You sit at home on a Sunday and watch Aaron Rodgers go about his business and I can’t help but wonder just how good this guy is.
Everybody knows all about the numbers. We know how accurate he is. We know he almost never throws interceptions. We know he’s mobile and can get outside the pocket.
He is the highest paid player in the NFL, making $22 million a year.
But is he the best in the league?
Let’s take a look at some of Rodgers strengths and weaknesses as they compare to the other top signal callers in the NFL.
The single most important quality that a great quarterback has to have is intelligence. I don’t care what his GPA was in college. I’m talking about football smart. Anyone who saw Houston’s Matt Schaub throw that stupid interception late in the game against Seattle knows what I mean. Those kinds of mental errors will kill you. Brett Favre made some of those mistakes. Rodgers never does.
Rodgers ranks right near the top in quarterback smarts, along with Tom Brady, Drew Brees and Peyton Manning. You almost never see him throw into an impossible situation and he never seems confused or unsure when making decisions.
A quarterback also needs a strong arm to be able to make all the throws. Early in his career there was some question whether he could get enough juice on the ball to throw the long out pass. Part of the problem was that Packer nation had grown used to Favre, who could throw a football through a stack of phone books at 60 yards.
Joe Flacco of the Baltimore Ravens is generally believed to have the strongest arm in the league but I truly think Rodgers can match him in arm strength and has a better ability to throw off balance.
Another vital quarterback quality is leadership. I don’t know Rodgers but looking at him on the field he appears to be comfortable with being the guy in charge. A reporter I know who has covered the Packers for decades says Rodgers is a great locker room guy who always takes responsibility for his own problems.
All you have to do is watch Jay Cutler of the Bears who is forever pointing fingers at players who drop passes, run wrong routes or miss blocks. Leadership that is not.
The final thing that I think is important to be a great quarterback is to have a sense of joy. You’ve got to show that you love playing this game.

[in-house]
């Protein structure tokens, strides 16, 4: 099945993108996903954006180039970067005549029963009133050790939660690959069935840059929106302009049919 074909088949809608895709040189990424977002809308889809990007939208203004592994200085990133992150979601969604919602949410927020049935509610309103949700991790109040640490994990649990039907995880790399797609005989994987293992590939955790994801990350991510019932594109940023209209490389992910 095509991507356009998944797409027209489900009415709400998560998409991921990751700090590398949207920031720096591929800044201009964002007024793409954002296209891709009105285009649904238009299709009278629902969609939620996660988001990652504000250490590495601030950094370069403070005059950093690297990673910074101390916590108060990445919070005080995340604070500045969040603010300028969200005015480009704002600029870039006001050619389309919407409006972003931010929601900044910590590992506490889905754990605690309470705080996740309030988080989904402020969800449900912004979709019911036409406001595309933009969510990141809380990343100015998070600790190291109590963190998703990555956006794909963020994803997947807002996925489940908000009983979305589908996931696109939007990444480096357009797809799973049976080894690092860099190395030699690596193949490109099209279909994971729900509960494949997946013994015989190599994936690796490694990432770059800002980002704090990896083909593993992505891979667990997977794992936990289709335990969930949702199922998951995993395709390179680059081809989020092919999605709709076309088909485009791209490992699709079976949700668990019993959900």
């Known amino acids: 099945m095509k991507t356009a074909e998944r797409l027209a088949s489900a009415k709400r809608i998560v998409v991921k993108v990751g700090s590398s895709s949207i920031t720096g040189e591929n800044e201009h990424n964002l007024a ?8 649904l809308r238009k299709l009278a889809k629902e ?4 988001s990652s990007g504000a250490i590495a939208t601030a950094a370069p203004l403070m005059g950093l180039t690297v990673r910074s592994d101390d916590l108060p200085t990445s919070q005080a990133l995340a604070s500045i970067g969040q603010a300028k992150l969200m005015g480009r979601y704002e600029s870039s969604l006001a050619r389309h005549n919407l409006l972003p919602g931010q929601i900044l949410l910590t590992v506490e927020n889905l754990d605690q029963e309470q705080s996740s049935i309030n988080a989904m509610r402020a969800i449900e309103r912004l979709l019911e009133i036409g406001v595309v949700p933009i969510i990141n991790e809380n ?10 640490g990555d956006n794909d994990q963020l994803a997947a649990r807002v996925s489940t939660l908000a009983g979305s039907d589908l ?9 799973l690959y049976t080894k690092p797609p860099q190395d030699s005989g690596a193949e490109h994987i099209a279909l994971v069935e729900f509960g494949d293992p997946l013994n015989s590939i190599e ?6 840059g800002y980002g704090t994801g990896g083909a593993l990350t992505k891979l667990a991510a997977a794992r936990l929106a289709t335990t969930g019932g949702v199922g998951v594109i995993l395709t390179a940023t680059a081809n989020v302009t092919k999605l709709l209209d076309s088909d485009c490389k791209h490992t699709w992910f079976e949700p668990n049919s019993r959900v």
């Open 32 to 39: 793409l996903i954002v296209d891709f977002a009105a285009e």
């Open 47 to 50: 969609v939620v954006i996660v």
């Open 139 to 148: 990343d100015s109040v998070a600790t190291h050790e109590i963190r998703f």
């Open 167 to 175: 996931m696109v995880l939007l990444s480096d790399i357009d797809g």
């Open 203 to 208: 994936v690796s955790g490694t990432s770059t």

People talk about how different Rodgers is from Favre but in this area but to me they seem they’re very much alike.
Favre was like a kid in a candy shop on Sunday. The way he’d run the length of the field to jump on a receiver who just scored a touchdown is part of his legend.
Rodgers may not be as ebullient as Favre, but it’s pretty clear he loves being out there. His smile and the constant interchange with opposing players show a man who is having a good time.
You can make a case for Brees or Brady or Manning, but I think Rodgers has grown into the best the NFL has to offer.
With a history in Milwaukee stretching back decades, Dave tries to bring a unique perspective to his writing, whether it's sports, politics, theater or any other issue.
He's seen Milwaukee grow, suffer pangs of growth, strive for success and has been involved in many efforts to both shape and re-shape the city. He's a happy man, now that he's quit playing golf, and enjoys music, his children and grandchildren and the myriad of sports in this state. He loves great food and hates bullies and people who think they are smarter than everyone else.
This whole Internet thing continues to baffle him, but he's willing to play the game as long as OnMilwaukee.com keeps lending him a helping hand. He is constantly amazed that just a few dedicated people can provide so much news and information to a hungry public.
Despite some opinions to the contrary, Dave likes most stuff. But he is a skeptic who constantly wonders about the world around him. So many questions, so few answers.